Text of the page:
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Local movie producer testifies at Salemme mob trial


© J. Pat Carter/AP/file 2008
Stephen "The Rifleman" Flemmi testified in a Miami court room in the murder trial of former FBI agent John Connolly.

By Shelley Murphy, The Boston Globe

A local movie producer testified Thursday that South Boston nightclub owner Steven DiSarro was hiding out at his home shortly before he disappeared in 1993 because he was afraid a notorious gangster was going to kill him.

John McAveeney told jurors DiSarro was afraid of Stephen “The Rifleman” Flemmi -- the prosecution’s star witness who has implicated former New England Mafia boss Francis “Cadillac Frank” Salemme and Paul Weadick in DiSarro’s slaying.

Called to the stand by the defense, 56-year-old McAveeney, who grew up in Somerville and was friendly with members of the Winter Hill Gang, said he was producing music shows around Boston in the late 1980s when he met DiSarro and became close friends with him.

In April or May 1993, according to McAveeney, DiSarro asked him for $60,000 and said if he didn’t get the money Flemmi “was going to kill him.”

McAveeney said he didn’t have the cash “so I kept him hidden at my house for 3 or 4 days to a week,” then “gave him some petty cash and my credit card and told him to leave town.”

Attorney William Crowe, who represents Weadick, asked, “Do you know if he left town?”

McAveeney said he never saw DiSarro again.

DiSarro, a 43-year-old father of five who owned the Channel nightclub, was missing for 23 years until his remains were recovered two years ago behind an old mill in Providence, leading to murder charges against Salemme, 84, and Weadick, 62, of Burlington.

Flemmi testified during the trial in US District Court in Boston that he dropped by Salemme’s Sharon home on May 10, 1993 and saw Salemme’s son, Frank, strangling DiSarro, while Weadick held his legs and Salemme watched. He said the Salemmes had a hidden interest in DiSarro’s club and killed him because they feared he would cooperate in a federal investigation that was targeting them. Salemme’s son died two years later.

On Thursday, McAveeney said the FBI spoke to him after DiSarro’s disappearance, but he didn’t tell them that DiSarro was afraid of Flemmi and had been hiding out.

Assistant US Attorney Fred Wyshak hammered at McAveeney during cross-examination, calling him a “gangster wannabe” and questioning why he didn’t tell the FBI, or anyone else, that DiSarro was afraid of Flemmi, until now.

“Sometimes the past is just better being buried in the past,” McAveeney said.

Wyshak grilled McAveeney about what movies he produced and suggested his testimony was motivated by a desire to write a book or make a movie.

“I’m the person that brought Black Mass to Hollywood,” said McAveeney, adding that he had a hand in negotiating the sale of the film rights for the book to Miramax, but made no money on the project. He said he won awards for a gay romantic comedy, “Is it Just Me?”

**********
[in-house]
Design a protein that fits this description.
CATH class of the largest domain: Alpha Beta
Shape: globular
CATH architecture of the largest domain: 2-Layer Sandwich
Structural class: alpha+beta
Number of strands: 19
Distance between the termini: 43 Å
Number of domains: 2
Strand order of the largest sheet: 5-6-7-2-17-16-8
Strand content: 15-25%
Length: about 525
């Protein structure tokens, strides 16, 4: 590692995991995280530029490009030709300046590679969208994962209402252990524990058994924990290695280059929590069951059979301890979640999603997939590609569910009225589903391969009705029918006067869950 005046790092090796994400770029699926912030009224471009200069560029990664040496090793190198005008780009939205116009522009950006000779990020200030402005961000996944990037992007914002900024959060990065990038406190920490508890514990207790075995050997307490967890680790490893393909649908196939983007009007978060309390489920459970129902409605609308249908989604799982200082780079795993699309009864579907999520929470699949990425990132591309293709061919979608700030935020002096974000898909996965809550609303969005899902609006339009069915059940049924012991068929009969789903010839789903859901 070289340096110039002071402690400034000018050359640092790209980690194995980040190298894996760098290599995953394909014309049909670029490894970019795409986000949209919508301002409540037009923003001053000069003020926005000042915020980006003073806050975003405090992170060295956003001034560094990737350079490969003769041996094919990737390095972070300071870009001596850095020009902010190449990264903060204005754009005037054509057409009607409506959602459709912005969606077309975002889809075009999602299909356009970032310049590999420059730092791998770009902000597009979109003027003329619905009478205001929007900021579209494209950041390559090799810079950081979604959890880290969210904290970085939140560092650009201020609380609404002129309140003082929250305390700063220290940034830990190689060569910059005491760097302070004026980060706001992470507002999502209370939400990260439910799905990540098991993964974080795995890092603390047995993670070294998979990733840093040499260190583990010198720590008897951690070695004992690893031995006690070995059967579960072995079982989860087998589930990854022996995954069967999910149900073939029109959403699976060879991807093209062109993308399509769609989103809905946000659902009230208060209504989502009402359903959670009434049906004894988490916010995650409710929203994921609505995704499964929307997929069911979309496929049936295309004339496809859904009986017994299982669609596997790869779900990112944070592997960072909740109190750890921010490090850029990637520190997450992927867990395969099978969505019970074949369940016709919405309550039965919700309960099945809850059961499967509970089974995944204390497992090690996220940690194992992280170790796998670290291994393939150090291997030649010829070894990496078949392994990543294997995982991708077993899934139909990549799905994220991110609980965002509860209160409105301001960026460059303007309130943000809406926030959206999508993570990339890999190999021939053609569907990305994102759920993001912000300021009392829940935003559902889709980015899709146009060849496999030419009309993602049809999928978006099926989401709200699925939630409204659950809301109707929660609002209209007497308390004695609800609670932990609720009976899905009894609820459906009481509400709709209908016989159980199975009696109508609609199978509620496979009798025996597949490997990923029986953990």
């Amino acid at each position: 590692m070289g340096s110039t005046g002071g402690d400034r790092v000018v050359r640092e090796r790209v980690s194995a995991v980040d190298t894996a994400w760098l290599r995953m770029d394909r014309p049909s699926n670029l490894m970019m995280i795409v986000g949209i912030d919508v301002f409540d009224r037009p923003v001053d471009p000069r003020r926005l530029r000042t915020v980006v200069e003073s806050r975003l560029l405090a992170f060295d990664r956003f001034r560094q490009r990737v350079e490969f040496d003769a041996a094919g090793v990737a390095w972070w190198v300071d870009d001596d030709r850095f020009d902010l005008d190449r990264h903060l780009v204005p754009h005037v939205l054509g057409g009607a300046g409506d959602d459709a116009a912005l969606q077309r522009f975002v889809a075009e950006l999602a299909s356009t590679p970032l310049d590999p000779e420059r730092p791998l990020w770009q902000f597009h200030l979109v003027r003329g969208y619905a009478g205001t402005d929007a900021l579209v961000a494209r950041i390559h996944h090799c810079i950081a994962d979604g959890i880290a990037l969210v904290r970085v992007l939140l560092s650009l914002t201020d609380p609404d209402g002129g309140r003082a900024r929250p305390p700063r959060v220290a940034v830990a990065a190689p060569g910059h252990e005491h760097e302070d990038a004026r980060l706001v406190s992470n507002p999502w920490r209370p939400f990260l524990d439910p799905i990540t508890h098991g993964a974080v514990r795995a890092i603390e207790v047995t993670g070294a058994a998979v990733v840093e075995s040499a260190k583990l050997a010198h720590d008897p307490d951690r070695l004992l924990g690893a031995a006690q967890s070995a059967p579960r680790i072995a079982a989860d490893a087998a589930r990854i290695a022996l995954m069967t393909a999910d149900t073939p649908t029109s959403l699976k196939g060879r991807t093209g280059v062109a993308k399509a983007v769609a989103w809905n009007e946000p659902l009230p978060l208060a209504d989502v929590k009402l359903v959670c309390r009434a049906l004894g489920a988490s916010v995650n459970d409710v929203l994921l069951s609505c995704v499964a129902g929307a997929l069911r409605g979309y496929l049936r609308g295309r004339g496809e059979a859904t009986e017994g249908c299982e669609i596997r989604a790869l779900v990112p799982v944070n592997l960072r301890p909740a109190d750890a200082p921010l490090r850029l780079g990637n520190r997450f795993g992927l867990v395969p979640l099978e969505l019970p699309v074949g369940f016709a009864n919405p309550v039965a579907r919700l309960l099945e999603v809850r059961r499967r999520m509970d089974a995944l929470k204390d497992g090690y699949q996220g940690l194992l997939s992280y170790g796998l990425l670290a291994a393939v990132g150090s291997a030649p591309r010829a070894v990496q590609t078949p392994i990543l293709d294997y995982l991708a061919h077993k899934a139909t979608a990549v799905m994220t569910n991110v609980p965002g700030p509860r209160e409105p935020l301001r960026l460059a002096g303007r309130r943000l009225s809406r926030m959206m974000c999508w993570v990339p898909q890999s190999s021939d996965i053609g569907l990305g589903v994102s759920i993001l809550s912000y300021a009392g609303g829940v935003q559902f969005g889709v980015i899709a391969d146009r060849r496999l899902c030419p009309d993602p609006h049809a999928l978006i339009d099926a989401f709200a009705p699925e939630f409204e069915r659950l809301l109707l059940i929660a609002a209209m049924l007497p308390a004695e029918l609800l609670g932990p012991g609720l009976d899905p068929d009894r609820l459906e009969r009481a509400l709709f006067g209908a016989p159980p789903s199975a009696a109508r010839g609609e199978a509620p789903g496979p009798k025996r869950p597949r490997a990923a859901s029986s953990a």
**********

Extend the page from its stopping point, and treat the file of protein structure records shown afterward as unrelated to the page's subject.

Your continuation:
McAveeney said he didn’t tell anyone about DiSarro’s fear of Flemmi, partly because he was worried about his safety.

Flemmi, a longtime FBI informant, is now serving a life sentence for 10 murders.

Years ago, Salemme was placed in the federal witness protection program after helping prosecutors send corrupt former FBI agent John J. Connolly Jr. to prison. He was removed from the program after his arrest two years ago for DiSarro’s slaying.

On Wednesday, FBI special agent Kristen Koch testified that she interviewed Salemme after the 2011 arrest of a fugitive mobster who shot him decades earlier. She said Salemme told investigators he was upset when he learned in 1997 that Flemmi was a “rat” and “wanted to annihilate him.”

Salemme recounted that he “grabbed Flemmi by the throat” during a confrontation at the Plymouth jail in the 1990s after learning he killed two women.

Koch said Salemme was asked about DiSarro’s disappearance and speculated that Salemme and his son, William, “knew that DiSarro was talking to the cops and that they probably killed him.”

The defense rested its case Thursday after calling McAveeney and four other witnesses to the stand. US District Judge Allison Burroughs asked Salemme and Weadick if they understood they have a right to testify. Both men said they understood, but would not take the stand.

A longtime friend of Weadick’s, Darren Wagner, testifying as a character witness Thursday, said he met Weadick in 1991 and hired him to work for his plumbing company a year or two later.

“He had a lot of discipline” and a “hard-work” ethic, Wagner said. He said they became best friends and were roommates for several years. He said he was proud when Weadick got his jorneyman plumbing license in the 1990s and took a job working for a property management company.

The judge told jurors that prosecutors may call rebuttal witnesses Friday, then both sides will give their final arguments Monday.


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U.S. - U.S. Daily News: Local movie producer testifies at Salemme mob trial
Local movie producer testifies at Salemme mob trial
U.S. - U.S. Daily News
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